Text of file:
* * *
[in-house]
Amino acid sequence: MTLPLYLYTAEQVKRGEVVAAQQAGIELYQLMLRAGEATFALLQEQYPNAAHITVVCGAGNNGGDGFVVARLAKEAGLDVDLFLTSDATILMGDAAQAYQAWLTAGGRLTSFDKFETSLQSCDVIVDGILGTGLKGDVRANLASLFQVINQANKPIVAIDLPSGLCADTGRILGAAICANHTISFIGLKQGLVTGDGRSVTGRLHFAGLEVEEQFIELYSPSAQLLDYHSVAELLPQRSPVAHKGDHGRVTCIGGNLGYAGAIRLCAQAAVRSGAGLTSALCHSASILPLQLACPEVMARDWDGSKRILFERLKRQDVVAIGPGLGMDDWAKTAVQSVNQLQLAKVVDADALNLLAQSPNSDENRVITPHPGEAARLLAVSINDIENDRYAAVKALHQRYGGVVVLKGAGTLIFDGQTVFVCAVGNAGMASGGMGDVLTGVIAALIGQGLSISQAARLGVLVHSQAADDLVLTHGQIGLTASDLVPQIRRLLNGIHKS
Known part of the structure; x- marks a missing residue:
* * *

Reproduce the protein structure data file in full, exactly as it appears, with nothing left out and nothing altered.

[in-house]
Amino acid sequence: MTLPLYLYTAEQVKRGEVVAAQQAGIELYQLMLRAGEATFALLQEQYPNAAHITVVCGAGNNGGDGFVVARLAKEAGLDVDLFLTSDATILMGDAAQAYQAWLTAGGRLTSFDKFETSLQSCDVIVDGILGTGLKGDVRANLASLFQVINQANKPIVAIDLPSGLCADTGRILGAAICANHTISFIGLKQGLVTGDGRSVTGRLHFAGLEVEEQFIELYSPSAQLLDYHSVAELLPQRSPVAHKGDHGRVTCIGGNLGYAGAIRLCAQAAVRSGAGLTSALCHSASILPLQLACPEVMARDWDGSKRILFERLKRQDVVAIGPGLGMDDWAKTAVQSVNQLQLAKVVDADALNLLAQSPNSDENRVITPHPGEAARLLAVSINDIENDRYAAVKALHQRYGGVVVLKGAGTLIFDGQTVFVCAVGNAGMASGGMGDVLTGVIAALIGQGLSISQAARLGVLVHSQAADDLVLTHGQIGLTASDLVPQIRRLLNGIHKS
Known part of the structure; x- marks a missing residue: